Last year over 1,000 people brought claims to the Equality Tribunal, 85% of which related to alleged discrimination in the workplace. As Jennifer Clarke explains, the absence of fair procedures and non-adherence to the principles of natural justice can seriously affect the outcome of any claim against an employer.

Last year, the number of work-related discrimination cases brought before the Equality Tribunal rose by 28%. More than four out of ten cases were brought on the grounds of race. And claims of alleged age discrimination in the work place have doubled year on year.

Since the Equality Tribunal was established in 1999, the number of cases of alleged discrimination has grown annually from 102 in 2000 to 998 in 2008. In the last nine years, some 22,000 claims have been brought. Increasingly, employers are faced with complex and costly claims giving rise to a number of problems, including:

  • The compensation that might be awarded,
  • The legal costs incurred in defending a claim,
  • The time involved in dealing with the claim,
  • The damage to corporate reputation, and
  • The possibility of similar claims emerging.

One cannot overstate the importance of employers complying with their obligations under the Employment Equality Acts 1998-2008 and the various associated codes of practice. Further, it is essential that employers are fully aware of the need to adhere to fair procedures when dealing with any grievance or complaint brought by an employee against a co-worker or a member of management.

Where an employer acts in an unfair manner, the dismissal itself will normally be held to be unfair even where substantial grounds exist to justify it. It is therefore essential that employers adhere to the principles of natural and constitutional justice and ensure that an employee is afforded the opportunity to defend himself and tell his side of the story.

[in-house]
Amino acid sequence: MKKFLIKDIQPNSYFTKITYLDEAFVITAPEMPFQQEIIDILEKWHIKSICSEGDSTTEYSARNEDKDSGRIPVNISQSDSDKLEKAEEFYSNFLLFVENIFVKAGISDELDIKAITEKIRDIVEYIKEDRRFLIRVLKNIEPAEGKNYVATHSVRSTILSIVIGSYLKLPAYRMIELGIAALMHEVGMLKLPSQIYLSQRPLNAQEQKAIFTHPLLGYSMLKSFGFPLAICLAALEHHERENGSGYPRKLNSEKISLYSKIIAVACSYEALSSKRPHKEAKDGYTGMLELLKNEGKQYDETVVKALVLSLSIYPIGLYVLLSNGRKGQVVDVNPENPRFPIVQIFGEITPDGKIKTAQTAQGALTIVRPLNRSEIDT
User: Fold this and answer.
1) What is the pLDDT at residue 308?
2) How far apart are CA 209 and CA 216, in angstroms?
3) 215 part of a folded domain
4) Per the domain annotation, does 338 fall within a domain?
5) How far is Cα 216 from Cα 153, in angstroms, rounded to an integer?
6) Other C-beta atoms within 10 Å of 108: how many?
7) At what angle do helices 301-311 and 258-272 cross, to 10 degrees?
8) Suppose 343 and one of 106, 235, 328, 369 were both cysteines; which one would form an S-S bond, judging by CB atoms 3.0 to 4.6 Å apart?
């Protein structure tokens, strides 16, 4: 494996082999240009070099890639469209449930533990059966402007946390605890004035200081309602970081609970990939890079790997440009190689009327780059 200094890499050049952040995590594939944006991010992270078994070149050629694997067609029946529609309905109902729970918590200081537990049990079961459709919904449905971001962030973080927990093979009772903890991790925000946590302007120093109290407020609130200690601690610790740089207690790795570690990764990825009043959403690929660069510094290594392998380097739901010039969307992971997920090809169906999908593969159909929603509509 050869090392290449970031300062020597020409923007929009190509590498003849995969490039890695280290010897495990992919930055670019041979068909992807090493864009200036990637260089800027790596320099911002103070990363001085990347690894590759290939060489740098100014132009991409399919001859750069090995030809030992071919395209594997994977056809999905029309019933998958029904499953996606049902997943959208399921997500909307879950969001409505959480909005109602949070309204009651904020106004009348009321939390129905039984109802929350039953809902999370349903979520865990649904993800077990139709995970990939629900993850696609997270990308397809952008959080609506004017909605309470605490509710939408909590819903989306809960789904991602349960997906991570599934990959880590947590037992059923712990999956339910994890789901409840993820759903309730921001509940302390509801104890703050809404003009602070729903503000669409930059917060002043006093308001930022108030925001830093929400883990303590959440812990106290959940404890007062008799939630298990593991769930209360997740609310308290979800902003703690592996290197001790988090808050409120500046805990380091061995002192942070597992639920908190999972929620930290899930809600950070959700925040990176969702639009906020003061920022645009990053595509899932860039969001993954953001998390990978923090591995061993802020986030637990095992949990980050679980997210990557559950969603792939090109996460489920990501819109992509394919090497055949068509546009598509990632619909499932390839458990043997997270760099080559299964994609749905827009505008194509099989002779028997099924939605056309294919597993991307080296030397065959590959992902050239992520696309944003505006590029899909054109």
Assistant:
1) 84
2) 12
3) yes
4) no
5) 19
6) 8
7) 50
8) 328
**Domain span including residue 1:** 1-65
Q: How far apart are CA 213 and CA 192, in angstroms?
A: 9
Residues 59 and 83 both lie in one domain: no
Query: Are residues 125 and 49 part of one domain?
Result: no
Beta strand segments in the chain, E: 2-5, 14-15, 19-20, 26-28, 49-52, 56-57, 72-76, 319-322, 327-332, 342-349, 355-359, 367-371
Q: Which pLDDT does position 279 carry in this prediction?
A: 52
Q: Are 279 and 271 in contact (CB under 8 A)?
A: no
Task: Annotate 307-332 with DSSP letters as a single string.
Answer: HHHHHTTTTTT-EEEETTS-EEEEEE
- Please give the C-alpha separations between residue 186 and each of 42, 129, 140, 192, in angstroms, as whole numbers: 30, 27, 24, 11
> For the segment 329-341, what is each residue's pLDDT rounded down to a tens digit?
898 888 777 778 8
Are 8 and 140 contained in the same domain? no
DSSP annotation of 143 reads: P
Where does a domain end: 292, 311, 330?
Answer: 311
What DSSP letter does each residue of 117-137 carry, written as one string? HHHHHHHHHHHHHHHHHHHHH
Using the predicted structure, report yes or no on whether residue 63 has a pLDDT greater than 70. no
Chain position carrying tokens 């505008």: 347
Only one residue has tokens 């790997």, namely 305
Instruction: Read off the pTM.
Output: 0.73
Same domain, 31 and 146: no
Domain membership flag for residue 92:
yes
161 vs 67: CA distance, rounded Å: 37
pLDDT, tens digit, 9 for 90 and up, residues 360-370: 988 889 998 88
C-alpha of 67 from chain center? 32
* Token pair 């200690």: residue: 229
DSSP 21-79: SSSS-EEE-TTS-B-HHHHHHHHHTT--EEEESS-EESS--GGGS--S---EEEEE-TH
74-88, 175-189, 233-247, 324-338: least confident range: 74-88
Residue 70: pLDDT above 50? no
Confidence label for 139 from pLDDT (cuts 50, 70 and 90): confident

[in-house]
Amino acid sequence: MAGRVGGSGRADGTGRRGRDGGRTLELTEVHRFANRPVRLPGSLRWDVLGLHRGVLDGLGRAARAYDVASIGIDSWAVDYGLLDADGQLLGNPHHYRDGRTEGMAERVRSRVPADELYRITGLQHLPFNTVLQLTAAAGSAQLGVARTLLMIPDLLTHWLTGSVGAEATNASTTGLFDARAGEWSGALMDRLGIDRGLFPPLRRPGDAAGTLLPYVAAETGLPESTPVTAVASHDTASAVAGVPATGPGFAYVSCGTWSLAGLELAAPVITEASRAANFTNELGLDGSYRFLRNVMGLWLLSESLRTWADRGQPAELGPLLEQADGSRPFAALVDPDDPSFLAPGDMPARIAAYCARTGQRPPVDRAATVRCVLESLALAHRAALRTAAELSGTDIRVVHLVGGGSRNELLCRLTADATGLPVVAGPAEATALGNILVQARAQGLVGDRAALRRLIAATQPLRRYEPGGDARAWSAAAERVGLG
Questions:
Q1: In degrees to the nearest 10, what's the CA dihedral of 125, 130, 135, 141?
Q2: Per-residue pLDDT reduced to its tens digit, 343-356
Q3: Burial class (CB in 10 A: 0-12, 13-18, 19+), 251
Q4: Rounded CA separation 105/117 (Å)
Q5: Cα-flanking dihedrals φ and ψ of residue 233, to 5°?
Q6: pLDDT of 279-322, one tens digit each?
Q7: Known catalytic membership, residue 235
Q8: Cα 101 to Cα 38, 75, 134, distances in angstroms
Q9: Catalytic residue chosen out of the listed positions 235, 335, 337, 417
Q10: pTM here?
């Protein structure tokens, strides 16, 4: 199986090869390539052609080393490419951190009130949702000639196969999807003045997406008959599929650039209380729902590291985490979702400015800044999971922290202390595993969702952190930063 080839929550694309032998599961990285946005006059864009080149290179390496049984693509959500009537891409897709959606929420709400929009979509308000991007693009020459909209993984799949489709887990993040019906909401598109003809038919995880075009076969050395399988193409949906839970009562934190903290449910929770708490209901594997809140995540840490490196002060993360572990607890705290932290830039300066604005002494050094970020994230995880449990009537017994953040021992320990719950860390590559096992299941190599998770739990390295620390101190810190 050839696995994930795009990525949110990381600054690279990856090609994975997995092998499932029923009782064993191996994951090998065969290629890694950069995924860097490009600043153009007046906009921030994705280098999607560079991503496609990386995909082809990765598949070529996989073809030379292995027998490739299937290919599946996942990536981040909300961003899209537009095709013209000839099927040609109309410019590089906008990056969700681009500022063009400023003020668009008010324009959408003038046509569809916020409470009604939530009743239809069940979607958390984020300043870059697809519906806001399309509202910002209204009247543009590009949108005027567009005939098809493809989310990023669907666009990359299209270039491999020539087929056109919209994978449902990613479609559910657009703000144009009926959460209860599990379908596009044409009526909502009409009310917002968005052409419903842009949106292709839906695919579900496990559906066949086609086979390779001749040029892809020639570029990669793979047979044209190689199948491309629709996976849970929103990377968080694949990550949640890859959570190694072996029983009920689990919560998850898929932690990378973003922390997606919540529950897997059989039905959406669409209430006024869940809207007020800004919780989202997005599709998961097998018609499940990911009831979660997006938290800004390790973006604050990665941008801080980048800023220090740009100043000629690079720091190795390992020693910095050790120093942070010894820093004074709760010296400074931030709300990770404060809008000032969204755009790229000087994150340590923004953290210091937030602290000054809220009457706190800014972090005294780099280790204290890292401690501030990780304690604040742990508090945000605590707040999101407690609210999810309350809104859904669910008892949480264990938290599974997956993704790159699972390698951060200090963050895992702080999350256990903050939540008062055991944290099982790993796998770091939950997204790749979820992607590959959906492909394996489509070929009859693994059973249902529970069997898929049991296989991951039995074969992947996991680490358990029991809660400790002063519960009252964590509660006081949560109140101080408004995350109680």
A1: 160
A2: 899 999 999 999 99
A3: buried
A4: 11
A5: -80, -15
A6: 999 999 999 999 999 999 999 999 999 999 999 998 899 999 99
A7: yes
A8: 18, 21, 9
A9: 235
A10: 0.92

The following are some of the procedural issues that should be considered by an employer before proceeding to dismiss an employee:

  • Whether a fair warning was given: an employee should be put on notice of the complaint. For example, where the standard of an employee's work or behaviour falls below the standard the employer deems acceptable, the employee should be made aware of this.
  • Whether a reasonable and full investigation was appropriate: where grievance procedures exist, they must be strictly followed. Where no procedures exist, employers should be aware of the ministerial-approved Industrial Relations Act, 1990 Code of Practice on Grievance and Disciplinary Procedures (Declaration) Order, 2000 and comply with it.
  • Whether the employer had reasonable grounds for believing that the allegations against the employee were true and accurate.
  • Whether the employee was given notice of and the opportunity to respond to an allegation made against him and, in particular, the opportunity to cross- examine incriminating witnesses and have access to their written statements.
  • Whether an employee ought to be allowed to be accompanied by a representative at a disciplinary hearing. It is normally a good idea for an employer to allow employee representation. As to whether the employer is obliged to inform the employee of the right to representation, in circumstances where allegations of wrongdoing are to be put to the claimant at a meeting, it would be prudent for the employer to advise the employee of his right to be accompanied by a representative.

The importance of following fair procedures cannot be overstated. There is substantial case law where substantial grounds existed to dismiss an employee but, because fair procedures were not followed, a significant award of compensation was made. The absence of fair procedures and non-adherence to the principles of natural justice can seriously affect the outcome of a claim against an employer.

Having regard to the level of compensation that may be awarded against an employer, it makes commercial sense to ensure that employers are fully aware of their duties and obligations to employees and thereby seek to minimise potential exposure to costly claims.